No, with regard to the pesky corona virus it couldn’t be a whole lot worse, not if you try to keep track of fatalities or unemployment numbers, both of which probably rose during the time it took me to type this sentence.
But this is a baseball blog, so we get to focus in on some of the ways in which things “could be worse, but aren’t” in our current baseball landscape.
Let’s start with the horror that has been no baseball from March 26th through at least the end of June. There are many scenarios that could have played out, or could play out, that haven’t or hopefully won’t.
One is that the A’s were poised to be highly competitive in 2020, and it is not difficult to envision a scenario in which circumstances — tied with the Astros in September or a deep post-season run — forced the team to overlook the possible risks and go “all in” with the innings load for Jesus Luzardo and A.J. Puk. Perhaps the baseball gods are protecting those platinum arms by maxing out their potential workload at half a season plus the playoffs.
Of course concerns may still lie ahead as pitchers scramble to get ready for a shortened season, try to create a “spring training 2.0” that sufficiently prepares their bodies for the rigors of pitching. But would I opt for a canceled season or a Luzardo elbow-blowout? At least so far no A’s prized pitcher has suffered an avoidable injury and no A’s manager, coach or front office personnel have been tempted to push them too far.
Also, while no A’s players have graced the field so far it is also true that no A’s players have fallen ill. That is very important good news. I want Matt Chapman to be known by historians for his legendary glove, not for being the player who contracted COVID-19 while trying to play a 2020 season. Again, a canceled season would be awful but not as awful as some scenarios in which they play.
But a canceled season is looking less and less likely to me in recent days. Nearly 2 weeks ago I penned an analysis suggesting the hurdles, and likelihood of clearing them, MLB and MLBPA faced. High on the list of potential obstacles was the issue of “sufficient safety” while lower on the list was the squabble over how money would be distributed.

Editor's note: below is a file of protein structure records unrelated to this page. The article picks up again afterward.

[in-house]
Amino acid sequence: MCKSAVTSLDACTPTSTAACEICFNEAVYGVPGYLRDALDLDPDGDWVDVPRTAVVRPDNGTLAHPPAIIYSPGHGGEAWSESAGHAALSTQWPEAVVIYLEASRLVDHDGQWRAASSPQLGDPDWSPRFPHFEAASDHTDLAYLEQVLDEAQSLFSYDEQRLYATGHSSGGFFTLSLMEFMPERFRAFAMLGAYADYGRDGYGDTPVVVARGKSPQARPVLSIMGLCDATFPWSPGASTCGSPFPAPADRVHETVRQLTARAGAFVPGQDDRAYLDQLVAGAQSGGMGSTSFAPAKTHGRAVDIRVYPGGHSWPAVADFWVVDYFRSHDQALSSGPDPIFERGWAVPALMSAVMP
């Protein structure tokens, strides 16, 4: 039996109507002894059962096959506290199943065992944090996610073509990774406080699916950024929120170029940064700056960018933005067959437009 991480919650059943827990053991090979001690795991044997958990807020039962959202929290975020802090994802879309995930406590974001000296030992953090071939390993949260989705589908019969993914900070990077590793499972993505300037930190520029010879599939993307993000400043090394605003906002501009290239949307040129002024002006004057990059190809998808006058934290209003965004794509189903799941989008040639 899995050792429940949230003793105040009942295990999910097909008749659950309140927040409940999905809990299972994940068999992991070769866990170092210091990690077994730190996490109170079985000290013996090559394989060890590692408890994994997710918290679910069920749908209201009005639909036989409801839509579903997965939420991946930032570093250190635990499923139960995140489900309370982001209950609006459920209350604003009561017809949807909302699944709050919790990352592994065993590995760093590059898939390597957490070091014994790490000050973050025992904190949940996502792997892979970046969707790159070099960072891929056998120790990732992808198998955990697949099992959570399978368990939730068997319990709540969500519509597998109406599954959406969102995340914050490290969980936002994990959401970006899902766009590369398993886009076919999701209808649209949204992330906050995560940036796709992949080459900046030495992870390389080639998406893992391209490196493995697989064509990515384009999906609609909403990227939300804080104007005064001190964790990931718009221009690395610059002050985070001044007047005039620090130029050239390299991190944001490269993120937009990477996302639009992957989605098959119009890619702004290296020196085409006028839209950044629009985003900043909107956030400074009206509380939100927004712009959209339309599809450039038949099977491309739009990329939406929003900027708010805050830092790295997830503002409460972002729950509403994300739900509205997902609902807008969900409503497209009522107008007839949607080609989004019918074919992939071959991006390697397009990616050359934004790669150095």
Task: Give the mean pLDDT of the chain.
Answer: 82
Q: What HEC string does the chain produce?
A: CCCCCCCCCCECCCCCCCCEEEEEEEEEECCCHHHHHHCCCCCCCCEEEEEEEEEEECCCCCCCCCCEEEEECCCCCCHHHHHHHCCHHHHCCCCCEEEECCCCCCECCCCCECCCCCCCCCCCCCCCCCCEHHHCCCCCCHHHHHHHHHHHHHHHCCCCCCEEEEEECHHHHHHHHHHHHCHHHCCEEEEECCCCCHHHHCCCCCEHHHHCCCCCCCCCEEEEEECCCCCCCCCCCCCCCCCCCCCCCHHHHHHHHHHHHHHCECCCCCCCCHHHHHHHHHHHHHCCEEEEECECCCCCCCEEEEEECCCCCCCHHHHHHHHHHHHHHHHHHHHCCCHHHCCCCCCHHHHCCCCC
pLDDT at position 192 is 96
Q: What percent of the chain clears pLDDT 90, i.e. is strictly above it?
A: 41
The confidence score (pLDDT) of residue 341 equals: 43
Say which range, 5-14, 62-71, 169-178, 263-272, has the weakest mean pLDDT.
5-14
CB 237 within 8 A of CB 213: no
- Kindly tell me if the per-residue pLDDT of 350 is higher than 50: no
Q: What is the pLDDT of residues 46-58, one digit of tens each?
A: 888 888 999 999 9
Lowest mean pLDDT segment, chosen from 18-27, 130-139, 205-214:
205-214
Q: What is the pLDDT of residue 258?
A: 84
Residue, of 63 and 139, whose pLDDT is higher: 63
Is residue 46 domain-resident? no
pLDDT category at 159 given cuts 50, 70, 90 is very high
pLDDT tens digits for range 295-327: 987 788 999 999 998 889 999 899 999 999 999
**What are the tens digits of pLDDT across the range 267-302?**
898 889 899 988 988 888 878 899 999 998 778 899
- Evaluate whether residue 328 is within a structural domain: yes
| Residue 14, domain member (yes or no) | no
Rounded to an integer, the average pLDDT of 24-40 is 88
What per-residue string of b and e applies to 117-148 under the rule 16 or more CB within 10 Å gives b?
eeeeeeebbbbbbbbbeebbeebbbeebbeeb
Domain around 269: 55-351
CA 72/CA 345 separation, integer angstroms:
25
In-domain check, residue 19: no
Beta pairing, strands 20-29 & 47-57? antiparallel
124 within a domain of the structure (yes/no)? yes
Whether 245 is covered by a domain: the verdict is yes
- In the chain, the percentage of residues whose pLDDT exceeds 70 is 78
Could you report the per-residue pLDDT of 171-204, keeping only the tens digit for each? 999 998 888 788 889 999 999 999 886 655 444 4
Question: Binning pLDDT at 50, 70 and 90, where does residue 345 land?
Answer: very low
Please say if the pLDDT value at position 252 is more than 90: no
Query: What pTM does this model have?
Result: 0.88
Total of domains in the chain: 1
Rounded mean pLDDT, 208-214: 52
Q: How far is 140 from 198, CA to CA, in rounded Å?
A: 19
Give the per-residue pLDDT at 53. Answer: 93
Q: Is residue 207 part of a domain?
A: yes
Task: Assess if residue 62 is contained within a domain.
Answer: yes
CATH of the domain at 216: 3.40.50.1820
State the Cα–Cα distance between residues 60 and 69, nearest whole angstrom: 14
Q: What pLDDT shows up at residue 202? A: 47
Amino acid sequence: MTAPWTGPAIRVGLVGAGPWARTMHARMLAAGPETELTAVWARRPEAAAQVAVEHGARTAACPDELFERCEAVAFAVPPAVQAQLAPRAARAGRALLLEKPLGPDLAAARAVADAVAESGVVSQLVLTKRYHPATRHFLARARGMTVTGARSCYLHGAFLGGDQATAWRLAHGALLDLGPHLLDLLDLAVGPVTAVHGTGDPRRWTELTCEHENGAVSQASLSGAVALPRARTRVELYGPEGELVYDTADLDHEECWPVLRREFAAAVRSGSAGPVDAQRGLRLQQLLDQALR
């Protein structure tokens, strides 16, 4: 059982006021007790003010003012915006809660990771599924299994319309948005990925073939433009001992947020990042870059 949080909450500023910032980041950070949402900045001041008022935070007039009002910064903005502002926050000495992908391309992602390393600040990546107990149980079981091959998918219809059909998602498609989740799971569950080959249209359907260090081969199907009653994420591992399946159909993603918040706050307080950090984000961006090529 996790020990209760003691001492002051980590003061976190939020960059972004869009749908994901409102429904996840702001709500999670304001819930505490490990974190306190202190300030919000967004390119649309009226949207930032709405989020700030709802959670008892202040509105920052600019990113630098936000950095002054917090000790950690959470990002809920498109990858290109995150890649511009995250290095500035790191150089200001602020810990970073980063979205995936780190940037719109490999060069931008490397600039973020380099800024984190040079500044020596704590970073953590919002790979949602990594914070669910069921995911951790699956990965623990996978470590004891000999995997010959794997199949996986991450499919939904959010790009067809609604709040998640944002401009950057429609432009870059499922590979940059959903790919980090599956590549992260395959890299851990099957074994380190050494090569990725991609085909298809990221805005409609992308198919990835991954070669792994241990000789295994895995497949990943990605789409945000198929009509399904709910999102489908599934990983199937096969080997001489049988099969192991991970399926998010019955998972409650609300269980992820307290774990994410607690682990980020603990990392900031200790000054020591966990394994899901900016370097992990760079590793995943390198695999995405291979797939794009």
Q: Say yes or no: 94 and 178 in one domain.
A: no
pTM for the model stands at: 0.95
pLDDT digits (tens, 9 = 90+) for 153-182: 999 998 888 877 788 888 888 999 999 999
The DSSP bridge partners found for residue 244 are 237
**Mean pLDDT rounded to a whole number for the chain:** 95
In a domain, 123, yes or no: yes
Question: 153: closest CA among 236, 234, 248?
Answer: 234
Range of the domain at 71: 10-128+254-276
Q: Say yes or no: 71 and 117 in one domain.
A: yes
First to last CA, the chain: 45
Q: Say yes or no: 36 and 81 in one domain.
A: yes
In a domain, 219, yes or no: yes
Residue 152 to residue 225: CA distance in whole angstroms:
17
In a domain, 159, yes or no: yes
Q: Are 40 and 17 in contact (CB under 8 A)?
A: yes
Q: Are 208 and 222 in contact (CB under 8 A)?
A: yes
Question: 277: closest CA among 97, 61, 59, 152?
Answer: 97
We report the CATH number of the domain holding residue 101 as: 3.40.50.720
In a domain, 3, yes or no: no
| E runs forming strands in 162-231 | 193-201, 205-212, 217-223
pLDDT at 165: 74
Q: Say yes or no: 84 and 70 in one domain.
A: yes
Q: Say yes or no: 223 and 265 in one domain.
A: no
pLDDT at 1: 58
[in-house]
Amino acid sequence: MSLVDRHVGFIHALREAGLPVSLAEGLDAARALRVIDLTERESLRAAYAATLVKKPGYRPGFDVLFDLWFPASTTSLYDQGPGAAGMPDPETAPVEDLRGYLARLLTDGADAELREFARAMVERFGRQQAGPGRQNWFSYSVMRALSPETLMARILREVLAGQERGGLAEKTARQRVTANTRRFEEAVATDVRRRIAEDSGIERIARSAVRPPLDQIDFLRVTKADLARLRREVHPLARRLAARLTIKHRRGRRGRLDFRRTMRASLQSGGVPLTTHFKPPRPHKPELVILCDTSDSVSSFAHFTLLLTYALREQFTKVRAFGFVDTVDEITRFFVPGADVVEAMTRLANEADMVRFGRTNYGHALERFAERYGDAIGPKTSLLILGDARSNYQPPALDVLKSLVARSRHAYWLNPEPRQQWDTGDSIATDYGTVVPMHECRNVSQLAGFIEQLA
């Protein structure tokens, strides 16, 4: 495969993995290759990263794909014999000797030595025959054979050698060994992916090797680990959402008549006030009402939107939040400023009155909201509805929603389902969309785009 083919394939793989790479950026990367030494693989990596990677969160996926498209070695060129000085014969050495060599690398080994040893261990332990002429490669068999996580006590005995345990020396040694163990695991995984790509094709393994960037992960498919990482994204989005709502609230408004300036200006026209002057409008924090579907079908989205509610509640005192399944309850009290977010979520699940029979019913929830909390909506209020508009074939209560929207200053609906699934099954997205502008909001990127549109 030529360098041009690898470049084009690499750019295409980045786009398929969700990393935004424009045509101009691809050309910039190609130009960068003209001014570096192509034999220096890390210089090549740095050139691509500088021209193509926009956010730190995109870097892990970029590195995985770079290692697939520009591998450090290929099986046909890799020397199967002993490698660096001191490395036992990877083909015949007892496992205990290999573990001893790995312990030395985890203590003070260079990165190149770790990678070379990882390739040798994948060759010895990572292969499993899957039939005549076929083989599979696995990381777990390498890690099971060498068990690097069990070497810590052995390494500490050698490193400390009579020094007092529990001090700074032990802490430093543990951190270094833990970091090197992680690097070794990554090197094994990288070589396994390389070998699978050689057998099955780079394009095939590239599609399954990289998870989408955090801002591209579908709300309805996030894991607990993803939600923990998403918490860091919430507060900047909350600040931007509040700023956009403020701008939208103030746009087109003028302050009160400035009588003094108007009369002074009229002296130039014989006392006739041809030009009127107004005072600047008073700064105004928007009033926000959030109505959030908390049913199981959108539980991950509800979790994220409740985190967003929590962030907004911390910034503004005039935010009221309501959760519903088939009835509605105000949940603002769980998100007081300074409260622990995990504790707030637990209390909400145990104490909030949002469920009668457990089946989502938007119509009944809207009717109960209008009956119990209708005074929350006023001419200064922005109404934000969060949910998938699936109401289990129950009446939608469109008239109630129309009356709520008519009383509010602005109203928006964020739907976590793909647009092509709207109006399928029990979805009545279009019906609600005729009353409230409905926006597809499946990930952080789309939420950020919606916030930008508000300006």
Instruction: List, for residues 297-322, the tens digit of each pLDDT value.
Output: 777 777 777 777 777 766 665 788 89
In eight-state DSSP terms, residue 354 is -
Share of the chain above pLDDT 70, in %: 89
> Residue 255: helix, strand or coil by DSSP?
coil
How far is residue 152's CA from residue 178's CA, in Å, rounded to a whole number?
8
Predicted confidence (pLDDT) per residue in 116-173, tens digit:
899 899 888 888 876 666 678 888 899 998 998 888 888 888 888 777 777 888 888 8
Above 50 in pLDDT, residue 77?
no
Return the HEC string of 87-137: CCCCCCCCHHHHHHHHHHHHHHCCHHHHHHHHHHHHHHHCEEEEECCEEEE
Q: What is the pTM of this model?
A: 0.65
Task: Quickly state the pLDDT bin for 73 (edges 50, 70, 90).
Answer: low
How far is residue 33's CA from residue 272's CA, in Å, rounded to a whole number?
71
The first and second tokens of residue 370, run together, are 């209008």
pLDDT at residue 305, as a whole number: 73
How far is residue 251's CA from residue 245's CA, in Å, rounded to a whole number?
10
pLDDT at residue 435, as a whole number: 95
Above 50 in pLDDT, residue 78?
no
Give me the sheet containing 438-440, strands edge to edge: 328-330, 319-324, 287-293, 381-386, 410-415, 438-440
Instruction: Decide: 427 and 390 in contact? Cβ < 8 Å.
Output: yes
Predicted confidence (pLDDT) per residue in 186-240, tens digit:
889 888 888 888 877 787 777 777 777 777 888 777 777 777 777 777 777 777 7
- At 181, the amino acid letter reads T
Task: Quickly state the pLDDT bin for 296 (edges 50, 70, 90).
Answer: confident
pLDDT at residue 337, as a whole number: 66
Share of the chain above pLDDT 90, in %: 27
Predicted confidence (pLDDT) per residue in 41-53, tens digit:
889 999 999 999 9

Fast forward 11 days and the two sides have been remarkably aligned, and amicable, around MLB’s first draft of safety protocols. Players’ main objections center around feeling too restricted regarding workout rooms, jacuzzis and the like, showing that owners have, if anything, overreached in protecting players. The concern was that players would be asked, from above, to put their safety at risk in the name of profits and the owners have done a good job of demonstrating that they intend to take safety seriously.
There are also concerns around sufficient testing, but the proposal calls for considerable testing and it’s unclear right now exactly how much access MLB, and the country in general, will have to tests a month from now. So it’s not a contentious concern, just one being kept at the front of the conversation — as well it should be.
On Tuesday, owners will be putting forth a financial proposal and of course there is the possibility of an impasse. But as I opined in my May 12th article, it seems ultimately unlikely that either side will allow the season to be canceled over money at a time when its customers are, as a group, suffering financially to such an extreme degree. That’s a great way to lose a substantial portion of your fan base going forward, with financial repercussions to players and owners long after a vaccine has put the virus in the rear view mirror.
So amidst all the posturing, you hope both sides recognize that financially they will be best off in the long run if they avoid letting money cancel the 2020 season. It will, of course, be interesting and important to see what the owners propose — and you hope it doesn’t insult players to the point of distracting from a common ground compromise.
But if everything goes south, I am trying to keep reminding myself that are actually worse outcomes than to lose the season. Losing Luzardo to a busted arm, or Chapman to COVID, are among the easy examples.
As you weigh in on all this, I’m curious to poll readers as to how likely you feeling it is, at this very moment, that MLB will begin a season (presumably the first week of July). Answer in the poll, but also explain in the comments. Your predictions and $4.50 are guaranteed to get you a latte.
At this moment, what odds would you give for the season to try to begin first week of July?
This poll is closed
!00% — it’s happening
80%-99% — I’ll be really surprised if it doesn’t happen
60%-80% — Not for sure, but most likely
40%-60% — it’s a coin flip at this point
20%-40% — probably not, but you never know
1%-20% — I’ll be really surprised if it happens
0% — LOL, no chance